Therefore my memory was a mixture of Empire and Star Wars. The Hoth sequence, and my recreation of it, was clearly Empire, but my Dad’s less than enthusiastic reaction was from Star Wars. Which as it turns out, is now officially the first film I saw at the cinema, which if anything, is a much better story the next time that conversation comes round.
Either way it doesn’t really matter what the first film was, the important thing is that it happened. Those early experiences led to a lifelong love affair with film, though as is often the way with love, there have been ups and downs. For long periods the relationship has been like a marriage (nurturing, supportive and evolving), while others more long-distance and difficult. But since those early years, film has been a constant, though occasionally inconsistent, but never truly forgotten presence in my life.
The conversation with my Dad has awoken a desire to try and record my cinematic history. I want to look at why the relationship has waned during some periods and blossomed in others. I am keen to understand what films I saw on release and when, plus which impacted most on my life and how I have shared or experienced them with others.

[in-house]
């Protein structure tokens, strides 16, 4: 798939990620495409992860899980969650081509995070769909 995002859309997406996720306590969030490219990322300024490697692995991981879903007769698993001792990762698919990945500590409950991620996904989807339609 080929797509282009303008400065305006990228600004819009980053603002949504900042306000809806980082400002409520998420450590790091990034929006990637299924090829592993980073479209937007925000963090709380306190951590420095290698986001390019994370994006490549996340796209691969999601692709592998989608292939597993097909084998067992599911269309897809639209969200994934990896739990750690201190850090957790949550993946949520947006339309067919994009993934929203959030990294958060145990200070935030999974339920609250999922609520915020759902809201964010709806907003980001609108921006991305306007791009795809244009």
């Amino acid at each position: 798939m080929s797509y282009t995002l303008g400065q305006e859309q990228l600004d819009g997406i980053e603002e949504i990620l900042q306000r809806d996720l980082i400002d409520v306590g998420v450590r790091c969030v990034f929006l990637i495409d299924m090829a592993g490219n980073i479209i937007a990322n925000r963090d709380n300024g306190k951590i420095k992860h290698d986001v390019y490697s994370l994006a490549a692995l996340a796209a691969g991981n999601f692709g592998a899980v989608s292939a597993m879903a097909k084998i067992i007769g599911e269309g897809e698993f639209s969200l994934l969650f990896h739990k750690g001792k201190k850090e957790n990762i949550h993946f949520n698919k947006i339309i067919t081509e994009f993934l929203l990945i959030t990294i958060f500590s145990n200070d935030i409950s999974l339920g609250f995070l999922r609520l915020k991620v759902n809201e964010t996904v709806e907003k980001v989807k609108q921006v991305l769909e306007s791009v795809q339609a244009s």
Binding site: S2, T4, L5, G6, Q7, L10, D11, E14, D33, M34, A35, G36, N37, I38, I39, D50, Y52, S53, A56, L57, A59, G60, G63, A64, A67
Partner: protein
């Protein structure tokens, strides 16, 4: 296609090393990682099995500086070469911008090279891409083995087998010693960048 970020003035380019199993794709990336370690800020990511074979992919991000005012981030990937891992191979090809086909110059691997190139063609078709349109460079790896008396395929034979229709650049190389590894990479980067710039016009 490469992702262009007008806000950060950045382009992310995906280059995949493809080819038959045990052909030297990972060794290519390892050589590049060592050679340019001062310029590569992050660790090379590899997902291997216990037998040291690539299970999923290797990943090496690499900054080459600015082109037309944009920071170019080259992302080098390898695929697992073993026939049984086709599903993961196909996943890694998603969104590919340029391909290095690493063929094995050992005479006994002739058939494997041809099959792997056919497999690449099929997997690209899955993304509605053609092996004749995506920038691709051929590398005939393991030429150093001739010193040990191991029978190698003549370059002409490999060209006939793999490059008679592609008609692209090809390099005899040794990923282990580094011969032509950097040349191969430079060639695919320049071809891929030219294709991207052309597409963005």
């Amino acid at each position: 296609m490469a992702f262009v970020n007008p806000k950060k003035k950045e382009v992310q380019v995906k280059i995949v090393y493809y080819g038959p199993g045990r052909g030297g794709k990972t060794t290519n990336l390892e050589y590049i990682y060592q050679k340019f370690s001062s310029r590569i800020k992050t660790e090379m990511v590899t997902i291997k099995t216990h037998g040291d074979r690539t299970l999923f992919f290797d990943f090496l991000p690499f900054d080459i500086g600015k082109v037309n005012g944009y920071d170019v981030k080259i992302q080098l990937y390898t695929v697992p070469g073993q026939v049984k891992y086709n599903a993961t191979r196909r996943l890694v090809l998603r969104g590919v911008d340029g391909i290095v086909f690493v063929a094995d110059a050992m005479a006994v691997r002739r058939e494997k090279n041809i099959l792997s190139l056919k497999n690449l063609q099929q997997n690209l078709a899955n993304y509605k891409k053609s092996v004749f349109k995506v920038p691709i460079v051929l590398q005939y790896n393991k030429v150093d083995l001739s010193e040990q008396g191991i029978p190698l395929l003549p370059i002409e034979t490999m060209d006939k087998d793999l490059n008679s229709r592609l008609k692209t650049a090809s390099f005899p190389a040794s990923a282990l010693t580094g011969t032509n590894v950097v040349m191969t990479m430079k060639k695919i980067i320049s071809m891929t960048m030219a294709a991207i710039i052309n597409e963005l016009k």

These days of course we don’t need memories; social media and in particular my Letterboxd film diary does all that for me. However as I only started Letterboxd in 2012 and as I was never really one for notebooks when I was younger, there will be a lot of digging around in my own memory banks to try and piece things together. So things may well get a little blurry, especially in the 90s, but as Maz Kanata said in The Force Awakens, that’s a story for another time.
Therefore, I guess what this has been is my cinematic origin story; next up will be the rest of the 80s and my teenage years. Spoiler alert, a radioactive spider doesn’t bite me during a school trip to a science lab.